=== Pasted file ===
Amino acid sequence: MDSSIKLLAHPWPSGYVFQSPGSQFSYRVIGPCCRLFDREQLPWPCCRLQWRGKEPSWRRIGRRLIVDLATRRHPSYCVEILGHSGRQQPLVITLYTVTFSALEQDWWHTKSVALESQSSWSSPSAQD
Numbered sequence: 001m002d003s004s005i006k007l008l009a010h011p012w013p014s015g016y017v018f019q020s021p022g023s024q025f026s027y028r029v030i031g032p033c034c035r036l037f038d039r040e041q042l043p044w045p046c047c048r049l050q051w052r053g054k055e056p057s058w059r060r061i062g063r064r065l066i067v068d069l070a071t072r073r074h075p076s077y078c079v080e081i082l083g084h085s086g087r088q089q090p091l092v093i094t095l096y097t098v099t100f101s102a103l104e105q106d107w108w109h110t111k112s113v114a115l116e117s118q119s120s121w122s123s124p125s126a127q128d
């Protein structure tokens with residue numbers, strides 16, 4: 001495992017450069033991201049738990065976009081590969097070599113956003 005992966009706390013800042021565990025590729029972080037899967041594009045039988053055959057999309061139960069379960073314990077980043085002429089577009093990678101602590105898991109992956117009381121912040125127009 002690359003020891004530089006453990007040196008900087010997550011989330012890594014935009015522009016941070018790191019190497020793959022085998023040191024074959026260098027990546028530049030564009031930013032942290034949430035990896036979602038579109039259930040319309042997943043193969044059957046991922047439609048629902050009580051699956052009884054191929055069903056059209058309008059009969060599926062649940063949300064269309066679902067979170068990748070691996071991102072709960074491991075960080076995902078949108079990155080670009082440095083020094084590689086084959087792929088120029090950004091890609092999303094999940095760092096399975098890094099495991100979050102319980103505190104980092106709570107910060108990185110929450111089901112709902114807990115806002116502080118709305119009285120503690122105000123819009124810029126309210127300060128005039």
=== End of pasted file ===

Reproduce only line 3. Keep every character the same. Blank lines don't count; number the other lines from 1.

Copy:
């Protein structure tokens with residue numbers, strides 16, 4: 001495992017450069033991201049738990065976009081590969097070599113956003 005992966009706390013800042021565990025590729029972080037899967041594009045039988053055959057999309061139960069379960073314990077980043085002429089577009093990678101602590105898991109992956117009381121912040125127009 002690359003020891004530089006453990007040196008900087010997550011989330012890594014935009015522009016941070018790191019190497020793959022085998023040191024074959026260098027990546028530049030564009031930013032942290034949430035990896036979602038579109039259930040319309042997943043193969044059957046991922047439609048629902050009580051699956052009884054191929055069903056059209058309008059009969060599926062649940063949300064269309066679902067979170068990748070691996071991102072709960074491991075960080076995902078949108079990155080670009082440095083020094084590689086084959087792929088120029090950004091890609092999303094999940095760092096399975098890094099495991100979050102319980103505190104980092106709570107910060108990185110929450111089901112709902114807990115806002116502080118709305119009285120503690122105000123819009124810029126309210127300060128005039």